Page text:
Review: ‘Java Heat’ makes a bang, lots of them in fact

Review: ‘Java Heat’ makes a bang, lots of them in fact
A scene from “Java Heat.”

“Java Heat” is a good-looking thriller made of rickshaws and machine guns, with Mickey Rourke as a French villain and “Twilight” actor Kellan Lutz a hyper-buff art student who isn’t everything he seems. But the film’s anthropological interest in Indonesia is the smartest thing in an otherwise familiar scramble of kidnapped babes, expensive jewelry and millions of bullets.

Indonesia, as the opening credits inform, is home to the largest Muslim population in the world. Writer-director-model Conor Allyn and his co-writer, dad Rob, live part time in Java and their intimacy with the country shows. Javanese characters, such as local star Ario Bayu, who plays a detective, offer us credible glimpses of the culture, detailing the proper way to kiss a hand, wear batik and put up with Lutz’s Jake when he’s forced to inquire about, for instance, what the Koran has to say about piercing female genitalia.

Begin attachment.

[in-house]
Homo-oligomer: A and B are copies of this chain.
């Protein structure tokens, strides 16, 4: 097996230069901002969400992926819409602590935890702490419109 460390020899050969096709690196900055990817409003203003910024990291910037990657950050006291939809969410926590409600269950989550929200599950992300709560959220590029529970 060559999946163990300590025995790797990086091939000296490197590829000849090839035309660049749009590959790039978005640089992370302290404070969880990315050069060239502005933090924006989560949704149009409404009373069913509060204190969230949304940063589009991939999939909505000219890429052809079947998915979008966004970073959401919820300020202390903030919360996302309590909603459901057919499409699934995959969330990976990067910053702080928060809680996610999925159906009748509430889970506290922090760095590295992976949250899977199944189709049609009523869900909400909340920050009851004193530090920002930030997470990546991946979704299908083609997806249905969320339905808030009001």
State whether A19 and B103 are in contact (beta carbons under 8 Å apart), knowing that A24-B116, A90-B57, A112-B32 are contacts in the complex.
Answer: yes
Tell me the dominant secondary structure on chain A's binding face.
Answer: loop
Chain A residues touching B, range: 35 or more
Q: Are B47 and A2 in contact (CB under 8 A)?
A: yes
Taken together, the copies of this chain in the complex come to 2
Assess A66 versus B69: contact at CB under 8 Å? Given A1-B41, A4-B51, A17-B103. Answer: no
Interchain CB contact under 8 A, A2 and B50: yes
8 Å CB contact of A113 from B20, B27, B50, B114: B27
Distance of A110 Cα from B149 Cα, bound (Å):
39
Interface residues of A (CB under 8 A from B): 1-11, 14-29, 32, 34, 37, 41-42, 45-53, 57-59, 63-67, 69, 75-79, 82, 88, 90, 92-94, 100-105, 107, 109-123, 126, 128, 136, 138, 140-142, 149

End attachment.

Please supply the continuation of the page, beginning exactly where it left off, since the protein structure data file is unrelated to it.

CHEAT SHEET: Cannes Film Festival 2013

Jake, a handsome, heroic lunk, witnesses a terrorist attack, and as he gets wrapped up in the manhunt he takes so much body damage that his abs must be armor. But he suffers more from the script, which spends the first hour having everyone dismiss him as a lucky moron — exactly the image Lutz’s post-vampire career needs to avoid. “Every American thinks he’s Rambo,” groans a native cop.


With Rourke sidelined except for the occasional splash of color, the film’s real star — and probably the most expensive thing in the budget — are the explosions. Be they suicide or bazooka, they’re big and gosh-darned beautiful.


“Java Heat.” Rated R for violence throughout, language and sexual references. Running time: 1 hour, 44 minutes. Playing at the Arena Cinema, Hollywood


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